Effect of selected carbon source and glycerol

In combination with sucrose at different concentration, 1% glycerol was added to the medium and observed for antifungal activity under co inoculation method.

Effect of concentration of glycerol

Sucrose (2.5 % w/v) was found to be most suitable. With this concentration of sucrose different % of glycerol was taken i.e. 0.5,1.0, 1.5, 2.0, 2.5, 3.0 %.

Effect of amino acids

The different amino acids taken (0.1% w/v) were L-arginine, L-glutamic acid, L-methionine, L-tyrosine, L-valine, L-aspargine, lysine, alanine, proline, threonine, phenylalanine, glutamine and tryptophan .

Effect of concentration of amino acids

The amino acid with which organism showed best activity, were taken and added to the medium at 0.05, 0.1, 0.5,1.0, 1.5, and 2.0 % ( w/v).

Effect of potassium salts

Two potassium salts i. e. KCl and KH2PO4 were added to the modified medium at the rate of 0.5%.

Effect of Ammonium and sodium salts

Along with the selected carbon sources in combination, glycerol (%) and amino acid (%), medium was added with different ammonium salts at the rate of 1%. These were ammonium chloride, ammonium ferrous sulphate, ammonium fluoride, ammonium sulphate, ammonium metavendate, ammonium molybdate, ammonium dihydrogen orthrophosphate, ammonium nitrate, ammonium oxalate , ammonium acetate, sodium sulphate and sodium thiosulphate.

Effect of heavy metals and their concentration

To determine the effect of metal ions, MgCl2 and MnSO4 were taken in different concentration i.e. 0.01, 0.03, 0.05, 0.07 and 0.1 % into the modified medium.

Effects of hormones and their concentration

To determine the effect of the plant growth hormones, naphthyl acetic acid, benzyl adenine, Kinetin, and gibberalic acid were taken in concentration of 10, 15, 20 and 25ppm.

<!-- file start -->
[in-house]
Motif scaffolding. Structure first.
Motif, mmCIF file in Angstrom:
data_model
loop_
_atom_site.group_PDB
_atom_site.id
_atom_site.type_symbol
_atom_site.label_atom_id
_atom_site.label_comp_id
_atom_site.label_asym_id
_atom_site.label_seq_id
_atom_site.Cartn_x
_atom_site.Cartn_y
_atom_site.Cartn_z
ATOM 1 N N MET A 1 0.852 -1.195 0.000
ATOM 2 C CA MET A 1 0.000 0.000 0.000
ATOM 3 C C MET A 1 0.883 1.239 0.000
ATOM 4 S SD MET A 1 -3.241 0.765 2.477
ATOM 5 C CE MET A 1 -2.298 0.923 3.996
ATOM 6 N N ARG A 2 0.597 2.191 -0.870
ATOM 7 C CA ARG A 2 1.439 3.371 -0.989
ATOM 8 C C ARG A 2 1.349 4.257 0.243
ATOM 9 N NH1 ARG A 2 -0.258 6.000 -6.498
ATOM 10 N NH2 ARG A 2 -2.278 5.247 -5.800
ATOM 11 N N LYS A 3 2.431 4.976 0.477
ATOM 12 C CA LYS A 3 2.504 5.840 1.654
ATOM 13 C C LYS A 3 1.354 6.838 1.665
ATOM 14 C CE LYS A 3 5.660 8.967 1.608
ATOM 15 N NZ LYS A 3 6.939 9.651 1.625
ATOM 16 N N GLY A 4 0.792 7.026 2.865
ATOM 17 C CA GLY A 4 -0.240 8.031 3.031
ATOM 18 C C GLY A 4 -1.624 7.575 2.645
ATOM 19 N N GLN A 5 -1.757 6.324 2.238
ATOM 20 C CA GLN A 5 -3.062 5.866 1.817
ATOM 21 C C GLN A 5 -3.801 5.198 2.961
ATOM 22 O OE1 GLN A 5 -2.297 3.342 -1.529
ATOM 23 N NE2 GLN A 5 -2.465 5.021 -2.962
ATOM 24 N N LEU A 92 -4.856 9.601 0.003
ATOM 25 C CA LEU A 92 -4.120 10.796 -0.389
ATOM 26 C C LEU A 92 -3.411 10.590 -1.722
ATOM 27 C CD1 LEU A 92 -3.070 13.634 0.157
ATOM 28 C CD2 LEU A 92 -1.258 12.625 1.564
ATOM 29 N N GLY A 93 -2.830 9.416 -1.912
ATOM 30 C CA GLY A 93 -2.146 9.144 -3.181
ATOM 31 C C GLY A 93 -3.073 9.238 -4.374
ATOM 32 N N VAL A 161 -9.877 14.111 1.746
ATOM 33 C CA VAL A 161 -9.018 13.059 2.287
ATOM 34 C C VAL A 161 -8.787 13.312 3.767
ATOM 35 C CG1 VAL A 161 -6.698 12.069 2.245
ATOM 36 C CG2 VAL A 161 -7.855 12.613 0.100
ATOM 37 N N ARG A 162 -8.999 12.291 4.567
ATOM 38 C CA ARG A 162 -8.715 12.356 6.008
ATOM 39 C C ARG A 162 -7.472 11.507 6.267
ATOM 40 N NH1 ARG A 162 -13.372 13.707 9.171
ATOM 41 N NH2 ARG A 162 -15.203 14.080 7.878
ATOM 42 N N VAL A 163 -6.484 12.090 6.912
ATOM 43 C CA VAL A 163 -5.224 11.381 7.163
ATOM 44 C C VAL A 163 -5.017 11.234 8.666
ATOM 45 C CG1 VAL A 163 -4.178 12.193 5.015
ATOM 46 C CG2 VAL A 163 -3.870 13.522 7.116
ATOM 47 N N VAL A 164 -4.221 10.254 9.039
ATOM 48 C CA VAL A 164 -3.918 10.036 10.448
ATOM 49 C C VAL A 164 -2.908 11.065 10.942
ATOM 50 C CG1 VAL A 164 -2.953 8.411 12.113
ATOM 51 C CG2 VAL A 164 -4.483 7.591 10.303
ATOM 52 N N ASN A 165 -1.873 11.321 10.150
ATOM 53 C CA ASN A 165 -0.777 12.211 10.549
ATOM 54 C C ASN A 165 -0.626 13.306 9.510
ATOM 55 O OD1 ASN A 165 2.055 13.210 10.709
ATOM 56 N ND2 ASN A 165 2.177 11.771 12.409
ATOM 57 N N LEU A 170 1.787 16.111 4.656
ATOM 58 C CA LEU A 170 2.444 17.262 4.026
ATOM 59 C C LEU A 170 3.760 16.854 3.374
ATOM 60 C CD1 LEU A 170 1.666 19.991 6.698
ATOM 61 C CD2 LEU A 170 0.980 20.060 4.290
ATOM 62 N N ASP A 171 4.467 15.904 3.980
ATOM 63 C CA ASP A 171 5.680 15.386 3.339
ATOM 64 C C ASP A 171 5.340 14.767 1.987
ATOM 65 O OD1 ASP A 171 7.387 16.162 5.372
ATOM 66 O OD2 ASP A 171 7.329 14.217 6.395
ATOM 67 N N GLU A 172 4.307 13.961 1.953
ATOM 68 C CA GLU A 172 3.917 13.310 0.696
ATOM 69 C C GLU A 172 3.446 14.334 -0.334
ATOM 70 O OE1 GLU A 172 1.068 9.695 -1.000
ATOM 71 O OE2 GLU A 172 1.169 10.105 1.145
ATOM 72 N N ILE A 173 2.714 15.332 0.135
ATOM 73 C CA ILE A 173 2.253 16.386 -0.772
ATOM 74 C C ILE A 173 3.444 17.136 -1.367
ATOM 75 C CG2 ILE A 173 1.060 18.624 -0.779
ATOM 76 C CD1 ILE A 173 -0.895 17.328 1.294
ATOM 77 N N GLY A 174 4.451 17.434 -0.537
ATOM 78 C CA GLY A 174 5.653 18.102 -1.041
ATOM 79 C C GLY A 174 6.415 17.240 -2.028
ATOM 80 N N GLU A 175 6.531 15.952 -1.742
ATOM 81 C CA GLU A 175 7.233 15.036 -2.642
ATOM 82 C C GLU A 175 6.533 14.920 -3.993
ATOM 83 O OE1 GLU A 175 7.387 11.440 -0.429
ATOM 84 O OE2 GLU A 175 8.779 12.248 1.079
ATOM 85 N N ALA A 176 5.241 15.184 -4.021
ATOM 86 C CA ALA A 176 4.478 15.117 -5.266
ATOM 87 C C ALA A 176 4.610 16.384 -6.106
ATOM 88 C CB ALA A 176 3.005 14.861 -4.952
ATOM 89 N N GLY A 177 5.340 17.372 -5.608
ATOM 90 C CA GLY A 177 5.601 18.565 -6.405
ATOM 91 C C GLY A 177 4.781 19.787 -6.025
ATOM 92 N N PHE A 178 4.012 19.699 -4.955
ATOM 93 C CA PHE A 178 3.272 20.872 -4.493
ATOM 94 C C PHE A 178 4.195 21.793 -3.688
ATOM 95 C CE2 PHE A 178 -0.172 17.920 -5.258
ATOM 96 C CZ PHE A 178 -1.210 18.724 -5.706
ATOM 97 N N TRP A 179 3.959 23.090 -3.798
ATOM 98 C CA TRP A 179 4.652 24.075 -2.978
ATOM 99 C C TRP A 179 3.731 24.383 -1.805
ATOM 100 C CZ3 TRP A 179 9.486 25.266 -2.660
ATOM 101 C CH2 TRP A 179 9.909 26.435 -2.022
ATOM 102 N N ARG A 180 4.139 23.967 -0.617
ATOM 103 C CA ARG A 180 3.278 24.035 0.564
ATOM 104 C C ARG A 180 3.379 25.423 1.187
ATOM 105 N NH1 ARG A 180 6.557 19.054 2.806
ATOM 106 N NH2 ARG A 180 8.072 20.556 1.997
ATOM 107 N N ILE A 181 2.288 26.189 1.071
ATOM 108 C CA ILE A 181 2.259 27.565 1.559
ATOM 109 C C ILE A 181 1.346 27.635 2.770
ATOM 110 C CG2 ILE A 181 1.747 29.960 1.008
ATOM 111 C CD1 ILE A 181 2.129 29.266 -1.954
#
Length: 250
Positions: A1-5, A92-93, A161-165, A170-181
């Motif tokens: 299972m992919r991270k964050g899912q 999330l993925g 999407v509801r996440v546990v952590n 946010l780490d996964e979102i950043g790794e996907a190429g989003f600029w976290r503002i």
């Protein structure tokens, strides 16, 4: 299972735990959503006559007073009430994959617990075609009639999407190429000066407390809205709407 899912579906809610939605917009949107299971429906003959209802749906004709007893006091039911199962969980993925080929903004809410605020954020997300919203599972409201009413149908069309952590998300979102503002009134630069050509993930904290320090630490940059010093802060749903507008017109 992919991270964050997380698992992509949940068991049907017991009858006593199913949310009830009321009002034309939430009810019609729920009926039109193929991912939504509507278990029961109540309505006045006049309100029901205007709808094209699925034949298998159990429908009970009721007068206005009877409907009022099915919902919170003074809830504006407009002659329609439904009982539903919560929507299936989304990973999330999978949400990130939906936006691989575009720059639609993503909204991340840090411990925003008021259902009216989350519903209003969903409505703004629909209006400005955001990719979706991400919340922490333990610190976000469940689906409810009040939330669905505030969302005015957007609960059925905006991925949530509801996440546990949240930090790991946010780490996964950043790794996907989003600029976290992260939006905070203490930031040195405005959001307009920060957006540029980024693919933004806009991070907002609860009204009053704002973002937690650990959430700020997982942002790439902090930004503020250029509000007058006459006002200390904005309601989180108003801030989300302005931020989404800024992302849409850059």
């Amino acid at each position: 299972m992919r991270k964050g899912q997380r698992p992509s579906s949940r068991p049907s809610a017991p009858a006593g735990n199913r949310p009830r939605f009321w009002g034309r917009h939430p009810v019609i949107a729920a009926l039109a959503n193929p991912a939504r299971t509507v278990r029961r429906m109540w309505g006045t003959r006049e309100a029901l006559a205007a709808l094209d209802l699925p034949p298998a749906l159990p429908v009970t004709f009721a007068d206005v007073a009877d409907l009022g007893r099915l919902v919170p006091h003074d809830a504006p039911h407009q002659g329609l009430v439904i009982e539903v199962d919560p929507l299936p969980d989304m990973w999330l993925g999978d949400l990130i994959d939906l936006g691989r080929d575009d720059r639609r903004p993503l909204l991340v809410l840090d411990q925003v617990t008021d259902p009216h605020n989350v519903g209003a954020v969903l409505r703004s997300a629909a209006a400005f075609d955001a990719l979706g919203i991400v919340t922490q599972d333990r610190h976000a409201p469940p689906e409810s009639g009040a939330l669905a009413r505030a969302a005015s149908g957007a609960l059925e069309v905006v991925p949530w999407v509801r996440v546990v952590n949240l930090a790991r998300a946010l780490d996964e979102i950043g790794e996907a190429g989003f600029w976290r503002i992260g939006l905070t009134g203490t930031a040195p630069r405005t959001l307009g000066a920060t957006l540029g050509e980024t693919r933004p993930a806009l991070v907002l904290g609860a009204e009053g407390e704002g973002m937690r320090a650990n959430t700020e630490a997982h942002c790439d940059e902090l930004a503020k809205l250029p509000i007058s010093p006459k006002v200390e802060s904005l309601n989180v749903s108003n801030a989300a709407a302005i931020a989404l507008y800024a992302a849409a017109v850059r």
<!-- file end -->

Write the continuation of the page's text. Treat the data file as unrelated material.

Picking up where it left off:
The Effect of potato extract

The media taken was basal type, i.e. potato dextrose agar. The data (Fig. 1) showed that the organism preferred 25 % potato extract for giving higher zone of inhibition to the other concentration of potato extract taken. The inhibition zone and RMI recorded was 7 mm and 2.8, respectively (Fig. 1). In this experiment, 25 % potato extract showed 42.8 % inhibition that was much higher as compared to other concentrations of potato extract taken (except one where 50% concentration of potato extract was used and 43.3 % inhibition was obtained).

The Effect of dextrose concentration

Out of six different concentration of dextrose tested, the highest zone of inhibition was observed with 2 % dextrose i.e. 6.5 mm (Fig. 2). At other concentrations of dextrose, the fungus did not produce good inhibition zone. Therefore, 2 % dextrose was selected for further studies. Relative magnitude of inhibition was higher at this concentration of dextrose, i.e. 2.6 where as higher value of % inhibition was observed in experimental set up in which dextrose was used at 2.5 and 3.0 % concentration.

Effect of other carbon sources